4. Rationalizability Without Observing Costs

   In this section, we consider the problem of Cournot rationalizability in the case
where the only information available to the observer are prices and firm output levels;
in particular, the profits earned - and thus the costs incurred - by each firm are not
known. Formally, the dataset reduces to {Pt , (Qi,t )i∈I }t∈T , namely a price level for
each t in T , and a production level for each i in I and each t in T . As before, we
will call the dataset generic if Qi,t = Qi,t whenever t = t , and we will say that

                                            11
                                                                      ¯
it is Cournot rationalizable if we can find a regular demand function, Pt , for each
                                            ¯
observation t, and a regular cost function, Ci , for each firm i, such that
    ¯
(i) Pt (          Qi,t ) = Pt ; and
            i∈I
                            ¯
(ii) Qi,t = argmaxqi ≥0 [qi Pt (qi +                    ¯
                                               Qj,t ) − Ci (Qi )].
                                         j=i

In other words, the tth observation (Pt , (Qi,t )i∈I ) is the Cournot outcome when firm
                    ¯                                                        ¯
i has cost function Ci (for all i) and the market inverse demand function is Pt .
The following result says that Cournot competition imposes no restriction on the
observations {Pt , (Qi,t )i∈I )}t∈T . We conclude that cost information is crucial to the
refutability of the Cournot model in such a context.
Corollary 3: Any generic set of observations {Pt , (Qi,t )i∈I )t∈T }, is Cournot ra-
tionalizable. In the rationalization, we may require the cost functions of all firms to
exhibit increasing marginal costs.
Proof: By Theorem 2, all we need to show is that we can find a hypothetical array
of individual costs, {Ci,t }(i,t)∈I×T , which, if added to the observed data, would give a
set of observations that obeys MCC and DMC (and CRC, if desired). To see that this
is indeed the case, let µi = mint:S(t)=∅ {Pt (Qi,t − Qi,si (t) )}, a strictly positive number,
and pick any number 0 < Ci,t < µi for each t in T . Then, we immediately have that,
whenever Qi,t < Qi,t ,

           Ci,t + Pt (Qi,t − Qi,t ) ≤ Ci,t + Pt (Qi,si (t) − Qi,t ) ≤ Ci,t − µi < 0 < Ci,t ,

which suffices to imply condition DMC. Of course, in order to guarantee rationalizabil-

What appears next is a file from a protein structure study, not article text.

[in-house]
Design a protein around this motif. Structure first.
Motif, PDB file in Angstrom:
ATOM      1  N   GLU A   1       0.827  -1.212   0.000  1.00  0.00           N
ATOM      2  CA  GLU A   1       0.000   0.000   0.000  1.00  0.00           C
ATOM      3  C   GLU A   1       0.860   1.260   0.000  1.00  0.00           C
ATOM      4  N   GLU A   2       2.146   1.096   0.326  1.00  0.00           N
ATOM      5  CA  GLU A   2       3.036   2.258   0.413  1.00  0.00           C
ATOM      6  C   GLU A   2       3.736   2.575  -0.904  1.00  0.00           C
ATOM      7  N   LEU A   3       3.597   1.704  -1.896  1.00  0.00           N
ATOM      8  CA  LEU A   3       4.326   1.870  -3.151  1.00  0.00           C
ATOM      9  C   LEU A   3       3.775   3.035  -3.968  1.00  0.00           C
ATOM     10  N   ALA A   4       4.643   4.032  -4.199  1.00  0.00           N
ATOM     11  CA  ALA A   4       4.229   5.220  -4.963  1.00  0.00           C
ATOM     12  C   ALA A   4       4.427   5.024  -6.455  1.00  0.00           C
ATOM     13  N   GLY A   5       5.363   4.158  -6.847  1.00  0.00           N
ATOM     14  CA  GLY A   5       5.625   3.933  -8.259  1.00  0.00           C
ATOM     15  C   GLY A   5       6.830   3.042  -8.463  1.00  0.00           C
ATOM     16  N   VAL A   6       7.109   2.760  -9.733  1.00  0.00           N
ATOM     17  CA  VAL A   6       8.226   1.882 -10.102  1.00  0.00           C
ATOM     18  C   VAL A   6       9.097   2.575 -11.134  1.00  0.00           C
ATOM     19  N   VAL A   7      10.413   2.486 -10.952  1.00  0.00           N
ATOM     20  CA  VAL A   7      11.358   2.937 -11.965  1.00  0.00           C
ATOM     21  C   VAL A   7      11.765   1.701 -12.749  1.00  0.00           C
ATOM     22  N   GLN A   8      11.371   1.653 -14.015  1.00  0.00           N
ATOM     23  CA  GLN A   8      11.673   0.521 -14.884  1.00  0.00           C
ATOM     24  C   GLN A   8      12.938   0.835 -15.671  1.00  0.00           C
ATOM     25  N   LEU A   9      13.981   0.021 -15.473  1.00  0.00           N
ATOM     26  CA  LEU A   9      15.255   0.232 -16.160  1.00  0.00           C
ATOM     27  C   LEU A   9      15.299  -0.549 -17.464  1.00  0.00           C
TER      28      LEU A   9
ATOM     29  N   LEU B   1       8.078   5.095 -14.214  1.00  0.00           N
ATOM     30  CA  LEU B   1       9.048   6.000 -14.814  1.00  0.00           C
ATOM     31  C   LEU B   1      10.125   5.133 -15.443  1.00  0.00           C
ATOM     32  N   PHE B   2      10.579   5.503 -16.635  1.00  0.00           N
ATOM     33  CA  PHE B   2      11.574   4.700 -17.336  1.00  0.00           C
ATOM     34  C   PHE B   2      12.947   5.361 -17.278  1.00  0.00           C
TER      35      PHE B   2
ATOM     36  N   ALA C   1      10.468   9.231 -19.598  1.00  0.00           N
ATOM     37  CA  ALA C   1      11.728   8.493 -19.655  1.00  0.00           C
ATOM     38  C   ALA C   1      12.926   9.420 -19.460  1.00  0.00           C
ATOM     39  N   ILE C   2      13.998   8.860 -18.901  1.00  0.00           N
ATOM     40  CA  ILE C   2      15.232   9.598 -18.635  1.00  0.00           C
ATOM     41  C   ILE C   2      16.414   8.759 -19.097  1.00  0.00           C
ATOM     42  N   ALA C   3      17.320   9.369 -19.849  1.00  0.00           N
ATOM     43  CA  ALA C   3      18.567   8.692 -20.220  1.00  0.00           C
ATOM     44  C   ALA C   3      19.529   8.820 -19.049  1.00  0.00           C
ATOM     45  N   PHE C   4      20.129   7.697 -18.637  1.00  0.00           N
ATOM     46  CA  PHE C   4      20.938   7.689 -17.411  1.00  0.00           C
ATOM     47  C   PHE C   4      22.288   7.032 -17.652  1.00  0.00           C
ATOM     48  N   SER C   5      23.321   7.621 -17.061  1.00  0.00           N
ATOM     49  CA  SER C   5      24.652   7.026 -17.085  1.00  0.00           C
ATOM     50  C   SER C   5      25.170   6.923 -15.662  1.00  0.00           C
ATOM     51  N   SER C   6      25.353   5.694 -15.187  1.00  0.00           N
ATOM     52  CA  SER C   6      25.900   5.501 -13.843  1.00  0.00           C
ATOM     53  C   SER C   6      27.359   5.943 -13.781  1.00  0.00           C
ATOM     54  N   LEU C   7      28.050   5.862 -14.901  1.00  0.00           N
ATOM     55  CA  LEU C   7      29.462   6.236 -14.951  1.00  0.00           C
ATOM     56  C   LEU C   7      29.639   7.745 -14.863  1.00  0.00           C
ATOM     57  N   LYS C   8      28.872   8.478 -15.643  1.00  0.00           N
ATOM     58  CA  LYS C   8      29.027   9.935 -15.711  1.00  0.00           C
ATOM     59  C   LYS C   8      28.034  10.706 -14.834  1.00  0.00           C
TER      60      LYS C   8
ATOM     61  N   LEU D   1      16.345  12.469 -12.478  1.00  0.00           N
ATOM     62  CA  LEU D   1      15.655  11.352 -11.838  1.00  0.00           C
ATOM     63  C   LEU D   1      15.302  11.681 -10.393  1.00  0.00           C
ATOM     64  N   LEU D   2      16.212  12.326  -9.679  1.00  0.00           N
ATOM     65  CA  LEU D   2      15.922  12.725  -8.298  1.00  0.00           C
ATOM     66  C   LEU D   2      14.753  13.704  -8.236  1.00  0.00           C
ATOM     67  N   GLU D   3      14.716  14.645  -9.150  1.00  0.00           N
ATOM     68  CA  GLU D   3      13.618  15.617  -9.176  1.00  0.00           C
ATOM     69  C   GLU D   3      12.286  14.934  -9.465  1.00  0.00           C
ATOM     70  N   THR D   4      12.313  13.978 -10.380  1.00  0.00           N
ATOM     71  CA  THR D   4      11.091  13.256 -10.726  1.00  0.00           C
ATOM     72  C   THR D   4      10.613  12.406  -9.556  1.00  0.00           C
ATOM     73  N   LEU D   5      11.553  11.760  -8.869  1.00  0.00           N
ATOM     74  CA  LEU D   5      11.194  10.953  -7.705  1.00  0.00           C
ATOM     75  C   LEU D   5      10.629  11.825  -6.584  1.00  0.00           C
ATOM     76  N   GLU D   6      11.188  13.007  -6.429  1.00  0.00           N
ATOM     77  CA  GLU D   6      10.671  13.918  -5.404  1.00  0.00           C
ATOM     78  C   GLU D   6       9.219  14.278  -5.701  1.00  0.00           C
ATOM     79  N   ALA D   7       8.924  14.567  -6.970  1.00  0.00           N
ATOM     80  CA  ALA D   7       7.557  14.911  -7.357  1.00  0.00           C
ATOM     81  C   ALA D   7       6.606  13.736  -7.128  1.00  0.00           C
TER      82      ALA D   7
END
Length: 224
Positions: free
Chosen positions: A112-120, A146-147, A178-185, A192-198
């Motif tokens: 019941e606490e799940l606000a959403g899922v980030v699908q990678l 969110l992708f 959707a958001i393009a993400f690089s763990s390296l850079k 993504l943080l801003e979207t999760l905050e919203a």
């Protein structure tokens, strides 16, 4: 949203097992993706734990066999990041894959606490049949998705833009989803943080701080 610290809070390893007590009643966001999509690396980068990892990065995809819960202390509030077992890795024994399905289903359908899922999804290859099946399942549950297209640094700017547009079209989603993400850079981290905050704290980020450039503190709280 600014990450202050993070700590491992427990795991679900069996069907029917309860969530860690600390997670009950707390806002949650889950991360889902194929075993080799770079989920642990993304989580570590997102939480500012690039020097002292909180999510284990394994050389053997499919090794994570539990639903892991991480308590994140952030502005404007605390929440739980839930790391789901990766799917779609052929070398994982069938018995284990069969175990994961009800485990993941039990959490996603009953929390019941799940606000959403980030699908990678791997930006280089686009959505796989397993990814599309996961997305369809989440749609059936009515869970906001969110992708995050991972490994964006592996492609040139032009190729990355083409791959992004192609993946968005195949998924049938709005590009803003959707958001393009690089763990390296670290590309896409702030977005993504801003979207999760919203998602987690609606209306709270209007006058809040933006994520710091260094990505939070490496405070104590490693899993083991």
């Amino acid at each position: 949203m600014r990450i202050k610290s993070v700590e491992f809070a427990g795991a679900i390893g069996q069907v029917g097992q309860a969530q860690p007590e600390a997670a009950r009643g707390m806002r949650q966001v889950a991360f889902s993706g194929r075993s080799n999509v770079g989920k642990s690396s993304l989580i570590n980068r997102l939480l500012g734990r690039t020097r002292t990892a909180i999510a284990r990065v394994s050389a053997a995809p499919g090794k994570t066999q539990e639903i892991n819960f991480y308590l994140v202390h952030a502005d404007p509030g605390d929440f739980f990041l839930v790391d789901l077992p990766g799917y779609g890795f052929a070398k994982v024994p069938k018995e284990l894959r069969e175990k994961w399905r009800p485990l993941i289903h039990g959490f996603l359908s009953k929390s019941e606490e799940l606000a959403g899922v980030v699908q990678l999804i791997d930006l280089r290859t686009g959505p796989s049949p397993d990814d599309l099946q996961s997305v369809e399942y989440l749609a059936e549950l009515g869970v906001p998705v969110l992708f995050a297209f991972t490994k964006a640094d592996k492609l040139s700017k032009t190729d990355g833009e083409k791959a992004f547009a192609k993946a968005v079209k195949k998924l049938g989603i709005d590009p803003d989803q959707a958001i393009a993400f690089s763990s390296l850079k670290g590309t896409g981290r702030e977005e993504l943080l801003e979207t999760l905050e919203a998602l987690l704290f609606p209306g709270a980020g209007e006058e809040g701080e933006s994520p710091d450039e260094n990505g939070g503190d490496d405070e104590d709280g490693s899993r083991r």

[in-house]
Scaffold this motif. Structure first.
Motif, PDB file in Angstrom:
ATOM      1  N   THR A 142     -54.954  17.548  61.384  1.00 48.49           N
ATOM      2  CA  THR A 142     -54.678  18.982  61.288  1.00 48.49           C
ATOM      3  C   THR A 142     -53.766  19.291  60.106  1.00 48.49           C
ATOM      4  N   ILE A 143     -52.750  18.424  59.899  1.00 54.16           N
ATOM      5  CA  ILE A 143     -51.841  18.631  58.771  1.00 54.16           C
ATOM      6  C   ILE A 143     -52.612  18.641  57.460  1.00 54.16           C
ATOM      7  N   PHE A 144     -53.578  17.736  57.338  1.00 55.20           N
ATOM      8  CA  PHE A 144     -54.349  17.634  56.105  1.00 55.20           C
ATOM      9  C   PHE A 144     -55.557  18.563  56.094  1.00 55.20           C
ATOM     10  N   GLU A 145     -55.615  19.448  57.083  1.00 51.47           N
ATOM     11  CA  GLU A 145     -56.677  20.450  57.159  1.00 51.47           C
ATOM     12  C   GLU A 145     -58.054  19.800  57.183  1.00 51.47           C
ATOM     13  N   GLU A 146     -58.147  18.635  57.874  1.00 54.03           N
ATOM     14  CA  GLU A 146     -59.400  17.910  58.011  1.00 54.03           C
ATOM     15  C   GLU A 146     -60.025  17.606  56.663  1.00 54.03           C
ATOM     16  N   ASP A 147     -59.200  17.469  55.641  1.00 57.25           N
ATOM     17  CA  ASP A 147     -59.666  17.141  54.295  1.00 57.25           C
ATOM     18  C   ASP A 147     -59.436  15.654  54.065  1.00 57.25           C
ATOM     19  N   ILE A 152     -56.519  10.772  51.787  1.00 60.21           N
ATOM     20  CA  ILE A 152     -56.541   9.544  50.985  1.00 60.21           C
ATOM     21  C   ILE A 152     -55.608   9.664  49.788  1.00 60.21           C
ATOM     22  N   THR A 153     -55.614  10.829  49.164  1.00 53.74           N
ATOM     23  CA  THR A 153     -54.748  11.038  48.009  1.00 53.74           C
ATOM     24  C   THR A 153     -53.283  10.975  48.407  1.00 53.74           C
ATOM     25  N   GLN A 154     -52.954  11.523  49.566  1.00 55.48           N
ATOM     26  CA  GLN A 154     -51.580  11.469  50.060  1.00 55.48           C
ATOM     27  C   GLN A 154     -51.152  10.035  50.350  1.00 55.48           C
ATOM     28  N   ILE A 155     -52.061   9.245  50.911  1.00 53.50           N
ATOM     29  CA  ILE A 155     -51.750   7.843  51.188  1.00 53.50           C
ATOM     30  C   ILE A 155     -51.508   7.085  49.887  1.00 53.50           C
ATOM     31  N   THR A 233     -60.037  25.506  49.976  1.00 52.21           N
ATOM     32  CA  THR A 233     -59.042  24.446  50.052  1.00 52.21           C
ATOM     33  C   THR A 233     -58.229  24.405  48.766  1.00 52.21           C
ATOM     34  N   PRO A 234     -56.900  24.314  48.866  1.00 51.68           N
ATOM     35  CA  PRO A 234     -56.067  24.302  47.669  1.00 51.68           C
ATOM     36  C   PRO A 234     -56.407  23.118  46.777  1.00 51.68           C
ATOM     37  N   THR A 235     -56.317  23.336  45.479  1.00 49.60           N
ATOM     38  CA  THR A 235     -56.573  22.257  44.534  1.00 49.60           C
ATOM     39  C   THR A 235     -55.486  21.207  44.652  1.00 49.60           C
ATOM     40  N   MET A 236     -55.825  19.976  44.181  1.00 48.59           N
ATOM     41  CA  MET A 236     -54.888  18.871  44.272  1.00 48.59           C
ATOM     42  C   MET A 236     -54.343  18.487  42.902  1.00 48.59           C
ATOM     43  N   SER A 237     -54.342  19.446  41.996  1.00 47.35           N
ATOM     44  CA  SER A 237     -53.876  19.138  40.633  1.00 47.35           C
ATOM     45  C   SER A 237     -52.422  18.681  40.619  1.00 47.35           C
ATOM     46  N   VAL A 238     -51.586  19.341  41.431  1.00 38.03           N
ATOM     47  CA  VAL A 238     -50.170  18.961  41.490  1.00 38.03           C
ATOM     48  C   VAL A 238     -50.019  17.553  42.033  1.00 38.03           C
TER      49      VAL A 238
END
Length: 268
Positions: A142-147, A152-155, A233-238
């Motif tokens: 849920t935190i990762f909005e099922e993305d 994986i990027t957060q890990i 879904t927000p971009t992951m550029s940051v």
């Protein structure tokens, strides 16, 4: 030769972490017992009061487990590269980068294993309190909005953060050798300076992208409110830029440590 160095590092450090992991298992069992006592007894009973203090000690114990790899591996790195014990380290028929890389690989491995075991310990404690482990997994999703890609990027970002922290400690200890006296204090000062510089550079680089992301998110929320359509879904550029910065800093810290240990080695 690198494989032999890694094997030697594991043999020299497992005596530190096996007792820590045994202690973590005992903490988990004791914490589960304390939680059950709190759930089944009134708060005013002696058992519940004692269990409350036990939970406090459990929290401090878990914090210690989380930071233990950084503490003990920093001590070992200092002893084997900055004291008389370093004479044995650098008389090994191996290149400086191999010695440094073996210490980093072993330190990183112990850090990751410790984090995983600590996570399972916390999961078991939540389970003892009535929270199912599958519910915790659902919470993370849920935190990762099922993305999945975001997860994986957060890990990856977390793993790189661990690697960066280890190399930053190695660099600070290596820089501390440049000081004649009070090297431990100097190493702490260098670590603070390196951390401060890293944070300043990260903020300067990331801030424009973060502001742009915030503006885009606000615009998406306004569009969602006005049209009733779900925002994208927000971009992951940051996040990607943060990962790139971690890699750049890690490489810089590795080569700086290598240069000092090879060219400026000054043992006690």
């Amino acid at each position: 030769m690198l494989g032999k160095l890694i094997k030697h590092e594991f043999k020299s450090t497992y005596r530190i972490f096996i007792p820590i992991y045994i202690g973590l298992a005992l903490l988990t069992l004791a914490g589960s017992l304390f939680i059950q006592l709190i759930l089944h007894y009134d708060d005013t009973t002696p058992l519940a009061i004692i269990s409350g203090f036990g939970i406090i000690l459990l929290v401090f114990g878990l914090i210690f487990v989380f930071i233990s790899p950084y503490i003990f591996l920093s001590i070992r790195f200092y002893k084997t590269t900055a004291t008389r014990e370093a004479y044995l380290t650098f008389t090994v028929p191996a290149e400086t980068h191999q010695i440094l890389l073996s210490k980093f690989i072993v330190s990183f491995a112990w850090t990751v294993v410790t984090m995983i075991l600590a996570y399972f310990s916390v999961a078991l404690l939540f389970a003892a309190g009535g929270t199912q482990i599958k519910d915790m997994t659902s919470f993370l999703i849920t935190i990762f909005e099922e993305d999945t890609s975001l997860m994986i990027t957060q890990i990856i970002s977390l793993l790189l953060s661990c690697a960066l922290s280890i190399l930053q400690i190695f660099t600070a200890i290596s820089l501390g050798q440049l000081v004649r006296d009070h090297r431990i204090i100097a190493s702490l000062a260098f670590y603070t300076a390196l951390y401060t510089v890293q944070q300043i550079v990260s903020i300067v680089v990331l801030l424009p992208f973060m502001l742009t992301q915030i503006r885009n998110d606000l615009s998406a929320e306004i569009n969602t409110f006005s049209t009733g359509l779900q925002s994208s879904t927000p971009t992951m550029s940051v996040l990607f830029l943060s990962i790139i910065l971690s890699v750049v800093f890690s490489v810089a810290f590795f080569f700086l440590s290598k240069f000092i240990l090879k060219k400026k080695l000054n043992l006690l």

ity, it now suffices to pick {Ci,t }(i,t)∈I×T such that ∆Ci,t > 0, which is straightforward.
    If so desired, one can also pick the latter array so that Mi,t is co-monotone with
Qi,t .                                                                                         Q.E.D.




                                                    12
 Appendix: More Explicit Constructions of Rationalizing Functions

                                  The Monopoly Case

   A cost function: For notational simplicity, let us assume, without any loss of
generality, that
                          Q1 < Q2 < . . . < Qt∗ .
In order to construct the different pieces of the cost function, we need to define the
                                            1
intervals of its domain. Let us define ¯ = 4 mint≥2 {Qt − Qt−1 }, which is a strictly
positive number (since the observation is generic).
    Since the observation obeys ICC, we can fix, for each t ≥ 2, a strictly positive
number ˆt such that
                             Ct−1 + ˆt αt−1 < Ct − ˆt αt ,
and since the observation obeys DMC, we can fix, for each t ≤ t∗ − 1, a strictly
positive ˜t such that

                           Ct + αt (q − Qt ) > Ct + Pt (q − Qt ),

for all t > t and all q ∈ [Qt − ˜t , Qt + ˜t ].
    Define
                                                            C1 Q1
                          = min ¯, min{ˆt }, min {˜t },        ,
                                      t≥2     ∗   t≤t −1    2α1 2
and
                                                      C1 − α1
                              γ = min min{Pt },                 .
                                            t          Q1 +
By construction, > 0 and γ > 0.
                                             ¯
     Now, we can define the cost function C, piecewise, as follows:
                          ¯
(i) if q < Q1 − , then C(q) = C1 − α1 + γ(q − Q1 + );
                                               ¯
(ii) if Qt − ≤ q ≤ Qt + for some t, then C(q) = Ct + αt (q − Qt );
                        ¯
(iii) if q ≥ Qt∗ , then C(q) = Ct∗ + αt∗ (q − Qt∗ ).
                                   ¯
(Note that since ≤ ¯, function C is so far well defined.) Now, we can complete the
construction by using linear interpolation of subsequent subdomains: if Qt−1 + <
q < Qt − , for some t ≥ 2, then we just let

          ¯          Qt − − q                      q − Qt−1 −